A pumpkin is also an attractive fruit. Seyhan Özdemir and Sefer Çağlar of Turkey’s Autoban design studio examined its structure in more detail. The result: this small coffee table produced and sold by De La Espada and available in stainless steel, color coated or even with 24-carat gold-plating. How nice that a pumpkin can be so highly refined.


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ENJOY THE MOMENT
“UKIYO” BY TOMITA KAZUHIKO FOR MOROSO

In Japan, “ukiyo” refers to a painting style developed in the Edo period concerned with the transient earthly world. Katsushika Hokusai, with his landscapes, is one of the most important representatives of this period. When someone talks about ukiyo, they are also talking about “enjoying the moment”. Regarding the table, Tomita Kazuhiko selected various kimono fabrics and pressed them in polyester resin, enabling them to serve as trays on a very lightweight metal-wire frame. Pretty Japanese.


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JAPANESE-INDIAN
“ARAM MESA BAJA” BY NENDO FOR GANDIA BLASCO

Oki Sato alias Nendo can not only speak Japanese-cosmopolitan, but also Indian. As we can see from this outdoor furniture group “Aram” for Spanish manufacturer Gandia Blasco. The two stools and two tables are handmade according to the Indian tradition – using galvanized stainless-steel wire. Nendo explains thus: “The spaces between the wires gradually get larger, producing an effect like gradation.”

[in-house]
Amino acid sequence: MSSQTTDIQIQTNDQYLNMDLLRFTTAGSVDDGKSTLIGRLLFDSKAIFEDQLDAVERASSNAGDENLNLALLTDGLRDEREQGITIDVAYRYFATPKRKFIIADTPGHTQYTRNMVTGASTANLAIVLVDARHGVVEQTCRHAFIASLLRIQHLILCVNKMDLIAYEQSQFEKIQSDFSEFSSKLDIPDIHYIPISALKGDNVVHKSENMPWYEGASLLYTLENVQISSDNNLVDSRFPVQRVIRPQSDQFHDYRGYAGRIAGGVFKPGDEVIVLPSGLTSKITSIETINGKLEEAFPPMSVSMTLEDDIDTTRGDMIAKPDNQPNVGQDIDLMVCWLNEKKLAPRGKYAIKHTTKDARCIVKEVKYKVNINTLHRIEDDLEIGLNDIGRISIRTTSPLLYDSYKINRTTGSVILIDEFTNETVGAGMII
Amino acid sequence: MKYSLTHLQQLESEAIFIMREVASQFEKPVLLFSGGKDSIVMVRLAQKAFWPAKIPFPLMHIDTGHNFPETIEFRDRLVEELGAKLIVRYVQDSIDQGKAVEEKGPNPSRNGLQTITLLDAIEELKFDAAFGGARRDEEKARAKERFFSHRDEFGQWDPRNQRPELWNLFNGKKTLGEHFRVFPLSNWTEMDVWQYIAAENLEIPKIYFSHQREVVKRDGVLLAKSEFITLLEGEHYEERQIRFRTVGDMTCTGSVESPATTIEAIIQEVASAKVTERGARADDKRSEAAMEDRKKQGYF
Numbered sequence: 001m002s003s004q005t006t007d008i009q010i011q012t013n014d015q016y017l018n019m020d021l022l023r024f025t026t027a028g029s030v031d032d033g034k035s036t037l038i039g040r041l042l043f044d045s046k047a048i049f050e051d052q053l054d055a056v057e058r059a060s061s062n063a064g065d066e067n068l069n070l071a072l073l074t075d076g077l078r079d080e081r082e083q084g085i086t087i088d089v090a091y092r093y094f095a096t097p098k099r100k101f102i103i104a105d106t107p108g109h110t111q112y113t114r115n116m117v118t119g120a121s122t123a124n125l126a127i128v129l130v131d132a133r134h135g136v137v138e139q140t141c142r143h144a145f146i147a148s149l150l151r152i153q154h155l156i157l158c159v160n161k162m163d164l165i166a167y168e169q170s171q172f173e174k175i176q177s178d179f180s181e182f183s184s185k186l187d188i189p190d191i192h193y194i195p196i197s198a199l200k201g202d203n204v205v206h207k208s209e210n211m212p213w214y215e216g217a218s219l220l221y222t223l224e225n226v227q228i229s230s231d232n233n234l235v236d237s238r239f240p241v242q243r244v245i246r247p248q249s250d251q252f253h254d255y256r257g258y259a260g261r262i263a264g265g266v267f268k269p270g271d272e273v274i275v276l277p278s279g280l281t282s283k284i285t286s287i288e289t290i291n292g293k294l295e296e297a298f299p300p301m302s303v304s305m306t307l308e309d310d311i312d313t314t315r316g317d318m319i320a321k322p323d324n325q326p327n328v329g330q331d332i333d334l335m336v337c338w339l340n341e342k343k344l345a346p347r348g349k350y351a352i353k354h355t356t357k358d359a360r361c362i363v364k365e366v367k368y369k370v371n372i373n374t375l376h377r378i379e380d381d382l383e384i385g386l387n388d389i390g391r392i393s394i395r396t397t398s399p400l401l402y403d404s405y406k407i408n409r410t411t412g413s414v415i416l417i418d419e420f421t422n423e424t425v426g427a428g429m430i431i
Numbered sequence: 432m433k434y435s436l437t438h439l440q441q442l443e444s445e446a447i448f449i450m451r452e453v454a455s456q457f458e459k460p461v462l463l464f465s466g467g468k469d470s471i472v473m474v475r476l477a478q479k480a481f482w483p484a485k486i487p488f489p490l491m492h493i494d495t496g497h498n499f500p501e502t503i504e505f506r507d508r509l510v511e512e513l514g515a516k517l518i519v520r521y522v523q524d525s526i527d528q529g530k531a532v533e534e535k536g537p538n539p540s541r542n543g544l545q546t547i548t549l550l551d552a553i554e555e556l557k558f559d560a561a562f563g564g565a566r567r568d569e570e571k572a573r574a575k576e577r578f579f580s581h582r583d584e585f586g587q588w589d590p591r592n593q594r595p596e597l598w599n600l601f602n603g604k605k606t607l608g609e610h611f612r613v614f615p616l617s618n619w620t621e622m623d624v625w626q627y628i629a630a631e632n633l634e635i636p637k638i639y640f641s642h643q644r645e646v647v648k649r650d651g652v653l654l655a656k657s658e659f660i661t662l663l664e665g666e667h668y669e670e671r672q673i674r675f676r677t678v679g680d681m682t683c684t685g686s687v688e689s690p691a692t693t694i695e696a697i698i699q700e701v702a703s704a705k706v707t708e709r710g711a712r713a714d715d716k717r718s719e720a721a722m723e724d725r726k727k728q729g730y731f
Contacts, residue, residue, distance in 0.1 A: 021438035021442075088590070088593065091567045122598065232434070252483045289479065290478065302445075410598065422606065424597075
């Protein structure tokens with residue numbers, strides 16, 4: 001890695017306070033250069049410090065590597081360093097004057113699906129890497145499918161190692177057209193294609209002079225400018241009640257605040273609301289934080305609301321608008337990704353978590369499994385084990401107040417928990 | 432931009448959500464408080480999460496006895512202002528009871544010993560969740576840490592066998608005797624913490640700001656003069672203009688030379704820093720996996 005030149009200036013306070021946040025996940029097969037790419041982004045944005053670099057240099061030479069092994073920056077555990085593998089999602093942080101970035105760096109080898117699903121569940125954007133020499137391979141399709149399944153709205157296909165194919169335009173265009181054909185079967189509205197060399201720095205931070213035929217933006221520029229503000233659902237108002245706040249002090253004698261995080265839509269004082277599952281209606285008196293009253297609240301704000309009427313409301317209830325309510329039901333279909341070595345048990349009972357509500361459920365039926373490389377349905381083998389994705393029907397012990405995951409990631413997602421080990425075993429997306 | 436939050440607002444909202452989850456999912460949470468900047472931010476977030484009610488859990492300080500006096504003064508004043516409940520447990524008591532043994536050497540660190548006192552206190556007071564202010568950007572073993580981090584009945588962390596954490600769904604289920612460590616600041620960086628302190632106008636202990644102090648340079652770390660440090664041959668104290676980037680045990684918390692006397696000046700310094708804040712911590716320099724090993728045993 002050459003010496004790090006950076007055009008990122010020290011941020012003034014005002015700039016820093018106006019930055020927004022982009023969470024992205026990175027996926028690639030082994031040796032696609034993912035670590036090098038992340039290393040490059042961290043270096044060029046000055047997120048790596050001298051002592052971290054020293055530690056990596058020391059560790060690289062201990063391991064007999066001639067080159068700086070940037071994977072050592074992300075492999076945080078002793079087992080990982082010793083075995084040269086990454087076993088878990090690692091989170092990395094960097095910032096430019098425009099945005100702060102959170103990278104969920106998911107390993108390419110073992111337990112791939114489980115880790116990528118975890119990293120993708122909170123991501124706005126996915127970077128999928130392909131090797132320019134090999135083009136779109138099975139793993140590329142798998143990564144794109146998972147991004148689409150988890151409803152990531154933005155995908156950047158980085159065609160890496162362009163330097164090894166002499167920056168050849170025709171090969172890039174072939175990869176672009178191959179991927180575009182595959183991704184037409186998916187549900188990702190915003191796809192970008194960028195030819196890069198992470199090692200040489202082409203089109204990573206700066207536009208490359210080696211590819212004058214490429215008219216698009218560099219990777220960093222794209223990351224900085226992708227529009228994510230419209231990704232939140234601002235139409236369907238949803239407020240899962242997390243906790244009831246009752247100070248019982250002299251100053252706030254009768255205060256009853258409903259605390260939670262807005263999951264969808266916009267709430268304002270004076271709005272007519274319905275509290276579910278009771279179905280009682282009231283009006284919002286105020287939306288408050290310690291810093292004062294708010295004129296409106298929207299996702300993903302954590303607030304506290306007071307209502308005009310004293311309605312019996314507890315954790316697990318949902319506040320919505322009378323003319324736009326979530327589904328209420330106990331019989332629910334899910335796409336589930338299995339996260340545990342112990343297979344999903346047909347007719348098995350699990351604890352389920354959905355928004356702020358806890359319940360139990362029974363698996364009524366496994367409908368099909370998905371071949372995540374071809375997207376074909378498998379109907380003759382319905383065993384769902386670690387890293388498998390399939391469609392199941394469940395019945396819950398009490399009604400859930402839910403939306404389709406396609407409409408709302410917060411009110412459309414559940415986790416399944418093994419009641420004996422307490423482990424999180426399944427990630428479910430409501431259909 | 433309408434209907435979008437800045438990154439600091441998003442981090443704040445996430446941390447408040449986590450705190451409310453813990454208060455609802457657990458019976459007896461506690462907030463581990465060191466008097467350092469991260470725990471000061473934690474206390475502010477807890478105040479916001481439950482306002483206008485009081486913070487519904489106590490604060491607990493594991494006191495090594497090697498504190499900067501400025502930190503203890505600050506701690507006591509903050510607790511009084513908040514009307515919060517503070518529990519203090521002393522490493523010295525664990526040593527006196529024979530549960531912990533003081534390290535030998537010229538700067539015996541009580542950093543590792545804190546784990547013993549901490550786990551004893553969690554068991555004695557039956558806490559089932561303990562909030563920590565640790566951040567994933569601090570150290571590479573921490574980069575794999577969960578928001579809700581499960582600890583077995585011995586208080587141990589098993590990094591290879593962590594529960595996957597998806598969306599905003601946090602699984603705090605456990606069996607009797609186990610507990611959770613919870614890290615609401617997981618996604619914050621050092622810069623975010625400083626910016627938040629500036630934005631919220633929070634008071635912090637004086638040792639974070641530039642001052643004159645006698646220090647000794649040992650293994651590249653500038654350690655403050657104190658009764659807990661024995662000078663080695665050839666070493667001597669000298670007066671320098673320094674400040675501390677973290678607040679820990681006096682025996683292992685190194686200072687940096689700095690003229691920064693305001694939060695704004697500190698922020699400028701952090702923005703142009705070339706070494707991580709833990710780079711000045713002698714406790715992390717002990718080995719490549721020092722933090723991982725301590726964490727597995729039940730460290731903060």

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UMBRELLA? JELLYFISH? SHUTTLECOCK?
“SMALLWIRE” BY ARIK LEVY FOR ZANOTTA

The slightly tapering metal-wire arrangement of the coffee table “Smallwire” gives rise to many associations: Some think of the frame of an opening umbrella, others of a jellyfish with its tentacles, others again of a shuttlecock. Whatever you think of, “Smallwire”, designed by Arik Levy in 2007 for Zanotta – it boasts a 8-mm-thick, painted top made of safety glass – cuts a fine figure both inside the apartment and on the terrace. On top of which, it does not take up much space, either.


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FIVE IS THE MAGIC NUMBER
“LEROS” BY PHILIPPE BESTENHEIDER FOR FRAG

Philippe Bestenheider frequently uses techy architectural forms. For his table “Leros” for Italian manufacturer Frag, which is also available as a dining table based on the same principle with a rectangular and a round top, he uses two offset pentagons, connected by means of metal loops. The result is a complex spatial mesh of lines. Almost like a mini circus act.


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PRACTICAL TURN
“TRAY TABLE” BY FINN JUHL FOR ONECOLLECTION

“Tray Table” by Finn Juhl likewise plays with the idea of the tray resting atop it: The tabletop with its raised edge can be taken off and flipped over. Customers can choose between laminate coating or white paint for the panel inside the solid wood rim. The slim base-frame is made of brushed stainless steel and consists of a single piece, with loops forming the legs. A classic since 1965.


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WELL BRACED
“LTR OCCASIONAL TABLE” BY CHARLES EAMES AND RAY EAMES FOR VITRA

The method is well known: Cross struts lend a rectangle the necessary stability. Charles and Ray Eames refined the principle with their small “Occasional Table” from 1950, a true all-rounder, and realized their design with nickel-plated iron rods. The 25-cm-high coffee table supports a tabletop made of multiplex wood, with edges beveled at an angle of 20 degrees, which underlines the layered structure. A classic, even for the smallest of spaces.